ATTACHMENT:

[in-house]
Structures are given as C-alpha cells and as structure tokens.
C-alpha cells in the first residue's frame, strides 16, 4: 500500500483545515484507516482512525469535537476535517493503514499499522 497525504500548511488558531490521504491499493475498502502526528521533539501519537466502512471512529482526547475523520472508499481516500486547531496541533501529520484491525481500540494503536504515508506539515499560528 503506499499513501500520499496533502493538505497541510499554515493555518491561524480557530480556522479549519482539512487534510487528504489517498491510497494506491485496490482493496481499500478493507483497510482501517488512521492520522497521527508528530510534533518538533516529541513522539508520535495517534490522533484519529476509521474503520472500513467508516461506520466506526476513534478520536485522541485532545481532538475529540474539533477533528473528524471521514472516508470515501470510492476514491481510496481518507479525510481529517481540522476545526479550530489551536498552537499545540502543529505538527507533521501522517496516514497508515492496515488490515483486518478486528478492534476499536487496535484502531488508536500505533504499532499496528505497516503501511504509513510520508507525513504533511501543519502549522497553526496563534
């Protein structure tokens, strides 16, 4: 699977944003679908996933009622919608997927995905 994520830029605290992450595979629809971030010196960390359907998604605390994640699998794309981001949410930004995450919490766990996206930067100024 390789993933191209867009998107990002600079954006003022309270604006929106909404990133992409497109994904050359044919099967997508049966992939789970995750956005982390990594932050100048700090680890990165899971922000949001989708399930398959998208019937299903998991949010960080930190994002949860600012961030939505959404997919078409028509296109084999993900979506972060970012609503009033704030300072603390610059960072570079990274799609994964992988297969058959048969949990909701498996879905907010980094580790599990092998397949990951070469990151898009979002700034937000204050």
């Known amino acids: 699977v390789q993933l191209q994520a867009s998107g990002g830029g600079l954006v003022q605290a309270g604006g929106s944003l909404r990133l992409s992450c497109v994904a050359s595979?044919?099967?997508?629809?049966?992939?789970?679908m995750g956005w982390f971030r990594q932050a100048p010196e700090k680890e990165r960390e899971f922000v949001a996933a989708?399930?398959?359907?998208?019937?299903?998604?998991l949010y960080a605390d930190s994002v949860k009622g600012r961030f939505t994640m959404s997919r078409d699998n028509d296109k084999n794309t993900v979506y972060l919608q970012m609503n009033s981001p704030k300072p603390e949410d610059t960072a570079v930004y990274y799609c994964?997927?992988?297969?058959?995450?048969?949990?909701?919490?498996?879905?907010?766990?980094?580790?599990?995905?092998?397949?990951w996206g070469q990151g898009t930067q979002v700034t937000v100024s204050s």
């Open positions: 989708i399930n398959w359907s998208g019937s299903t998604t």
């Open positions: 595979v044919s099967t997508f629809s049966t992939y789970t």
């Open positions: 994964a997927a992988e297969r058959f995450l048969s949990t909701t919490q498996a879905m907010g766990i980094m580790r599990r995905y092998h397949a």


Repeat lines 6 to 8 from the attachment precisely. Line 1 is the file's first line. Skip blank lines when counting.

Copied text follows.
């Open positions: 989708i399930n398959w359907s998208g019937s299903t998604t």
């Open positions: 595979v044919s099967t997508f629809s049966t992939y789970t």
């Open positions: 994964a997927a992988e297969r058959f995450l048969s949990t909701t919490q498996a879905m907010g766990i980094m580790r599990r995905y092998h397949a």